Microsoft Corp. issued a beta release of version 3.0 of the Java Language Conversion Assistant (JLCA) tool this week — a move that one industry analyst said is an attempt by the company to gain market share for .Net.
“Both Java and .Net camps are positioned as all-in-one — mobile, desktop and server environments…skirmishes will continue to occur at the platform, application, and presentation layers of the software stack,” said David Senf, analyst at IDC Canada Ltd. in Toronto.
“Offering organizations the ability, therefore, to migrate from any of these layers has significant install-base ramifications across the other layers.”
Microsoft is positioning JLCS as a means for organizations to switch from the complexity and costs of Java to the ease of development and lower total cost of ownership of .Net, Senf explained.
It’s a tool that looks “under the hood” of Java applications and rewrites the code for use within the .Net framework and Microsoft’s Visual C# .Net, he said, adding that the tool is targeted less at developers and more at gaining market share for .Net.
Featured in version 3.0 is the ability to convert J2EE 1.3 applications including Java server pages (JSP) — server side technology — and Enterprise JavaBeans (EJB), which is a Java application program interface developed by Sun Microsystems Inc. that defines a component architecture for a multi-tier client/server system.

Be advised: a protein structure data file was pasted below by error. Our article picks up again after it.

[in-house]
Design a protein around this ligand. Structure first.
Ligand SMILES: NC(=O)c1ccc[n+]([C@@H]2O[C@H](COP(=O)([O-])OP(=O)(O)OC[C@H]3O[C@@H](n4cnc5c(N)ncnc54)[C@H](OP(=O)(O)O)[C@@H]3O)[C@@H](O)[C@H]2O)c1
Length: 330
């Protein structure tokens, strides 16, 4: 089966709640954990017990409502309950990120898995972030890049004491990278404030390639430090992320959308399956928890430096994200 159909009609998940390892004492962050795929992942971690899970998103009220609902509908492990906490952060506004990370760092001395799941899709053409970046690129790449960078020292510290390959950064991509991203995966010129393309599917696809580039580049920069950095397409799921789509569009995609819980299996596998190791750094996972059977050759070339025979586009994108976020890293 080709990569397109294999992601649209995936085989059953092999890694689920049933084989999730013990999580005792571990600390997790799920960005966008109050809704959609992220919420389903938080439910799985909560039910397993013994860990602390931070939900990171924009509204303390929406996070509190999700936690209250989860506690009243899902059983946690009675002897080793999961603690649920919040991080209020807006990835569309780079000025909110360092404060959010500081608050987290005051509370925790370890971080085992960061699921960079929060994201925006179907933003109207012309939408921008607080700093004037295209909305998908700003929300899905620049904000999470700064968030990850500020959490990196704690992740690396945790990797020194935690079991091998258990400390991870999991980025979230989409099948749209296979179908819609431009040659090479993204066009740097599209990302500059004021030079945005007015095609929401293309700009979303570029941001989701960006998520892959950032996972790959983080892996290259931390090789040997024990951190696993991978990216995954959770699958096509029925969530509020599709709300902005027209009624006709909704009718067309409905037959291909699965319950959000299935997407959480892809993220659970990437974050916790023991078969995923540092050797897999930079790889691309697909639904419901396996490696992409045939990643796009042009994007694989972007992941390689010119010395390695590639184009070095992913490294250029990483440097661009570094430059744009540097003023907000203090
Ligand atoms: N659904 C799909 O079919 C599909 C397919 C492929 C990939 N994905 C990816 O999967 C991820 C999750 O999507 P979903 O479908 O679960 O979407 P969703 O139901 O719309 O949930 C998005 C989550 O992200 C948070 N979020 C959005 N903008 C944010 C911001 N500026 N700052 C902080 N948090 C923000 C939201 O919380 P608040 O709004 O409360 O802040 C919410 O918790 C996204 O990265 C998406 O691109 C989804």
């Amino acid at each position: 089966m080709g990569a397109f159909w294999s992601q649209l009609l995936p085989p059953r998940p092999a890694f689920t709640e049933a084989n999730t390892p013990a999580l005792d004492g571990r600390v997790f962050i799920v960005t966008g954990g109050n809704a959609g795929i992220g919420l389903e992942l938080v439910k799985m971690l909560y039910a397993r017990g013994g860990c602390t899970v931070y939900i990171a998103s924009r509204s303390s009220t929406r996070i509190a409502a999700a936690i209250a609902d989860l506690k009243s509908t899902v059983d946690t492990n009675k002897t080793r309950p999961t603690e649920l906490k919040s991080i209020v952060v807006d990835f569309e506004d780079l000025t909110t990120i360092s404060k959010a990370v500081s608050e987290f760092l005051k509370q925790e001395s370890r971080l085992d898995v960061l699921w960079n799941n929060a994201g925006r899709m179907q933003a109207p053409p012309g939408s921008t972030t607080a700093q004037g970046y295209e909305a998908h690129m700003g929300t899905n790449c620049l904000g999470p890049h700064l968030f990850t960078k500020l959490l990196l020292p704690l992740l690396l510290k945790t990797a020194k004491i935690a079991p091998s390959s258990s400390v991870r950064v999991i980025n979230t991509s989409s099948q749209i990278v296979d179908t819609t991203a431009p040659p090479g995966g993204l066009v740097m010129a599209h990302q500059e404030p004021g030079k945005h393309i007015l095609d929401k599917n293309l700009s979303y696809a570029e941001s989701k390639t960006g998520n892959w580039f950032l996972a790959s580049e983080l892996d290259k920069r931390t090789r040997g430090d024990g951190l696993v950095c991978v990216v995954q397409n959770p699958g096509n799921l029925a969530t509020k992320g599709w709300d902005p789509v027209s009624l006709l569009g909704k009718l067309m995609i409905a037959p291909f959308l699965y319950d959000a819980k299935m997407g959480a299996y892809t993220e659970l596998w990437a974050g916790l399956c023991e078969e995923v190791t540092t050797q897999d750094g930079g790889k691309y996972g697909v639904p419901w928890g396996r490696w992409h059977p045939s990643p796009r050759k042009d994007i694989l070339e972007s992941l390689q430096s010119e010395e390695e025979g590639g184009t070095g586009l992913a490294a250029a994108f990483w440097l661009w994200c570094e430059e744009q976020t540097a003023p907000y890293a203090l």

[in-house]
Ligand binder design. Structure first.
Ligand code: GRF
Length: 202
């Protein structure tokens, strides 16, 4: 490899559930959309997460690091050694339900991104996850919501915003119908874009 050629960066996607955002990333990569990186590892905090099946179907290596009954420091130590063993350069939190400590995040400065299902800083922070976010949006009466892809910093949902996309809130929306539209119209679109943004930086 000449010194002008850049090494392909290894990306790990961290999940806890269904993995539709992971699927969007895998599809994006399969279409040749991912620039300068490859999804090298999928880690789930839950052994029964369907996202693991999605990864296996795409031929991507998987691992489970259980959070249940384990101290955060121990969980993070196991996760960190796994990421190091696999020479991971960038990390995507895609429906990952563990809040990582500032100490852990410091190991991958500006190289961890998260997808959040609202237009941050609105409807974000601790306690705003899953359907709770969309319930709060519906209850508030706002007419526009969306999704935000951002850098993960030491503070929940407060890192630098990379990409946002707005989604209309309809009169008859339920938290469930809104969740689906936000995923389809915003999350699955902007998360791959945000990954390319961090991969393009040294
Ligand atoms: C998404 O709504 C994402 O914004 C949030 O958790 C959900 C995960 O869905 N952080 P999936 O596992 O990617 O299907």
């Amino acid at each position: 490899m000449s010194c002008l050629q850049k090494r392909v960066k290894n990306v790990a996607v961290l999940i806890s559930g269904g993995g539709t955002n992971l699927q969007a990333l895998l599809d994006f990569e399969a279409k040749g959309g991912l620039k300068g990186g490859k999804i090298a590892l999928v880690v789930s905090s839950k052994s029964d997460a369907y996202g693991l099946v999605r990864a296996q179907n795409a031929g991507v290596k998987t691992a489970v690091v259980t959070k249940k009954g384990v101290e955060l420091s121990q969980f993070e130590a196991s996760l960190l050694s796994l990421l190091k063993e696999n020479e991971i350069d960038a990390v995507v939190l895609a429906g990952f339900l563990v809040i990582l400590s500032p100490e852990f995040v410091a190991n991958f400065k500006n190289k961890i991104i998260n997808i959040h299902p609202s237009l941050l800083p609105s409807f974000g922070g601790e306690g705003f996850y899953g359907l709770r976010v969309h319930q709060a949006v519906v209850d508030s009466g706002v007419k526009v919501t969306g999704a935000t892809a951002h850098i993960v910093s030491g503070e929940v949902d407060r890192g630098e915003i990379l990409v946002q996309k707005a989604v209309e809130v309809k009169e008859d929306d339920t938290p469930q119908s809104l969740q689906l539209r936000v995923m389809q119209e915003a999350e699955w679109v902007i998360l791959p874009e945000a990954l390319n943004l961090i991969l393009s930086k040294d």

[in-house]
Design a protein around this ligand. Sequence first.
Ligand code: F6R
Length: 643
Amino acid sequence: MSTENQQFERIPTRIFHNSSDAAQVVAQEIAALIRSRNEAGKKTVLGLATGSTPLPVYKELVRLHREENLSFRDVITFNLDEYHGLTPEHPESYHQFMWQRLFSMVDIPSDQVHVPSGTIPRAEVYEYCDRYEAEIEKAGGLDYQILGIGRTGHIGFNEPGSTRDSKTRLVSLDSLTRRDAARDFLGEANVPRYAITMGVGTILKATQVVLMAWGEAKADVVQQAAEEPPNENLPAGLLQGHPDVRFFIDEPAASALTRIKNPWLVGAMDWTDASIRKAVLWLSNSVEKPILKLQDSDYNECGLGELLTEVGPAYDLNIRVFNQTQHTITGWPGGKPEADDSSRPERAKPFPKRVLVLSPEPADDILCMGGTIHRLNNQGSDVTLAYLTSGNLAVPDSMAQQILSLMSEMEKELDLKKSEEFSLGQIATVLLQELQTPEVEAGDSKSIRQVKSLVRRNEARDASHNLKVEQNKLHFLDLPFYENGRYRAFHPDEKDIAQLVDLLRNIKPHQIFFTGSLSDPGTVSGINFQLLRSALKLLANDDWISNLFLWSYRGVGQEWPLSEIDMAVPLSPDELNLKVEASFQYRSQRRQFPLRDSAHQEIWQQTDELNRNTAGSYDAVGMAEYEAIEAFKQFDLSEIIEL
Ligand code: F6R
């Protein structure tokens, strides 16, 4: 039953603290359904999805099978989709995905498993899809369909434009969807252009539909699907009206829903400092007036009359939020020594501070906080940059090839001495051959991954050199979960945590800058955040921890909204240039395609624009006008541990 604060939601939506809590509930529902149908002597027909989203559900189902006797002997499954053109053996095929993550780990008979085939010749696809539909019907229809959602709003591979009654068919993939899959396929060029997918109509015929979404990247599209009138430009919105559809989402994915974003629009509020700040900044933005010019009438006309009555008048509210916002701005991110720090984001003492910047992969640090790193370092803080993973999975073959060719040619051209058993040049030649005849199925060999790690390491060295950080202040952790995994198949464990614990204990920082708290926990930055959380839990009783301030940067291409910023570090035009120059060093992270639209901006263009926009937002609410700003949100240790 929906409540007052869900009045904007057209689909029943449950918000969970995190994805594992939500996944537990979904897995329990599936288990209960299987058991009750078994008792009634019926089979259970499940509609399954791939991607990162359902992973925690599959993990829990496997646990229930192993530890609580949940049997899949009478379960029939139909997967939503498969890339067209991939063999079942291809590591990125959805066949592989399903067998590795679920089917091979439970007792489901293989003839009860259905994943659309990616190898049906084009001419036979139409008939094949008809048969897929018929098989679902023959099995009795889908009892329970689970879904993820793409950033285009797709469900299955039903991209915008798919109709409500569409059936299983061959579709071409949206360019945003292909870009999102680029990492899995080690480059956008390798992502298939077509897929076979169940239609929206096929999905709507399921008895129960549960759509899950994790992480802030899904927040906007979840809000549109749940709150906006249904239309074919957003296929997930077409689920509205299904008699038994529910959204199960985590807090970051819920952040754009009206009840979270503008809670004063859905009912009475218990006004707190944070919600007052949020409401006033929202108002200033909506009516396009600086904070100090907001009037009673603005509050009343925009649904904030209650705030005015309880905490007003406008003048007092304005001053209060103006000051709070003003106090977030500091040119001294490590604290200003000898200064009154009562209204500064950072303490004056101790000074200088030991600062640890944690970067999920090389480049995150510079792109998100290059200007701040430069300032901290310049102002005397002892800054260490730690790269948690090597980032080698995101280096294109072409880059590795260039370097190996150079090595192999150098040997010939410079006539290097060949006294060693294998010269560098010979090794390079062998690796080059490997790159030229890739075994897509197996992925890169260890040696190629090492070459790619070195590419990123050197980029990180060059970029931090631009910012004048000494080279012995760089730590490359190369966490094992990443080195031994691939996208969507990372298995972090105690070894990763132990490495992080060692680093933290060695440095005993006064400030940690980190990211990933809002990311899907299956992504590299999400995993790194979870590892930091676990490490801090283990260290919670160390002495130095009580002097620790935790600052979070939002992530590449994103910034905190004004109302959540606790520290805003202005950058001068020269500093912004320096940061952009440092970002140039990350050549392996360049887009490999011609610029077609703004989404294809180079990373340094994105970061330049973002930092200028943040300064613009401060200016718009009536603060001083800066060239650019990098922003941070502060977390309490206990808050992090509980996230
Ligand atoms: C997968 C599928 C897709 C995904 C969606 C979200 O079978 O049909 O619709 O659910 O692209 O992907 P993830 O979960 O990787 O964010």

An alphabet soup of other Java technologies can be moved over also, including EJB, Java Authentication and Authorization Service (JAAS), Java Cryptography Extension (JCE), Java Message Service (JMS), Java Naming and Directory Interface (JNDI) and Remote Method Invocation (RMI), according to Microsoft.
Client conversion also has been boosted, with deeper support for migrating Swing applications, Microsoft said.
Applications and services converted with JLCA will run only in the .Net Framework.
On the heels of last week’s announcement that Services for Unix (SFU) will ship free of charge, Microsoft was able to up the ante in the strategic tug-of-war against the opposing Linux camp, Senf said.
“With the rise in Linux popularity and the increase in Java installations and developers, Microsoft is attempting to stem this tide by easing the switch to the Microsoft platform.”
But organizations making the switch to or from Microsoft must account for both tactical and strategic implications such as costs associated with training, development and maintenance.
Users interested in joining the beta program can log on to www.beta.microsoft.com.